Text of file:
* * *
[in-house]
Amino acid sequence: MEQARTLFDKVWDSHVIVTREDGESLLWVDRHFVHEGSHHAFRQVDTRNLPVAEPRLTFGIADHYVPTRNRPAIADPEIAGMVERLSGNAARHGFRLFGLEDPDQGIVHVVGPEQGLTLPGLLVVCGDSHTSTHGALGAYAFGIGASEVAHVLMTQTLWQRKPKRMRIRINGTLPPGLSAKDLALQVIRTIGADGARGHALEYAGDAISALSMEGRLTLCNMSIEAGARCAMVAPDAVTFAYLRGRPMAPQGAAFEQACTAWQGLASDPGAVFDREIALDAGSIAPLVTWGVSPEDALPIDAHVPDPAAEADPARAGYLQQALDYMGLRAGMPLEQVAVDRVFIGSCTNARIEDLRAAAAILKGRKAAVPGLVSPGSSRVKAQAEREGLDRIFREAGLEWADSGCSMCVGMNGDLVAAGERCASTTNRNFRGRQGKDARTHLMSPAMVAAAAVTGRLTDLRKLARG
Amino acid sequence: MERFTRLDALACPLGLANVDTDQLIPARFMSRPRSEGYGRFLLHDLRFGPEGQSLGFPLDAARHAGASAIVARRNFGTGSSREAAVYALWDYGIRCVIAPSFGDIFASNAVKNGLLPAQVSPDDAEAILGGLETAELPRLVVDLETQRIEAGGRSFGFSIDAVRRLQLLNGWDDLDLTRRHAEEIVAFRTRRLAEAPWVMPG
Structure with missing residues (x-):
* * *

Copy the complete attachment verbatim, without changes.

[in-house]
Amino acid sequence: MEQARTLFDKVWDSHVIVTREDGESLLWVDRHFVHEGSHHAFRQVDTRNLPVAEPRLTFGIADHYVPTRNRPAIADPEIAGMVERLSGNAARHGFRLFGLEDPDQGIVHVVGPEQGLTLPGLLVVCGDSHTSTHGALGAYAFGIGASEVAHVLMTQTLWQRKPKRMRIRINGTLPPGLSAKDLALQVIRTIGADGARGHALEYAGDAISALSMEGRLTLCNMSIEAGARCAMVAPDAVTFAYLRGRPMAPQGAAFEQACTAWQGLASDPGAVFDREIALDAGSIAPLVTWGVSPEDALPIDAHVPDPAAEADPARAGYLQQALDYMGLRAGMPLEQVAVDRVFIGSCTNARIEDLRAAAAILKGRKAAVPGLVSPGSSRVKAQAEREGLDRIFREAGLEWADSGCSMCVGMNGDLVAAGERCASTTNRNFRGRQGKDARTHLMSPAMVAAAAVTGRLTDLRKLARG
Amino acid sequence: MERFTRLDALACPLGLANVDTDQLIPARFMSRPRSEGYGRFLLHDLRFGPEGQSLGFPLDAARHAGASAIVARRNFGTGSSREAAVYALWDYGIRCVIAPSFGDIFASNAVKNGLLPAQVSPDDAEAILGGLETAELPRLVVDLETQRIEAGGRSFGFSIDAVRRLQLLNGWDDLDLTRRHAEEIVAFRTRRLAEAPWVMPG
Structure with missing residues (x-):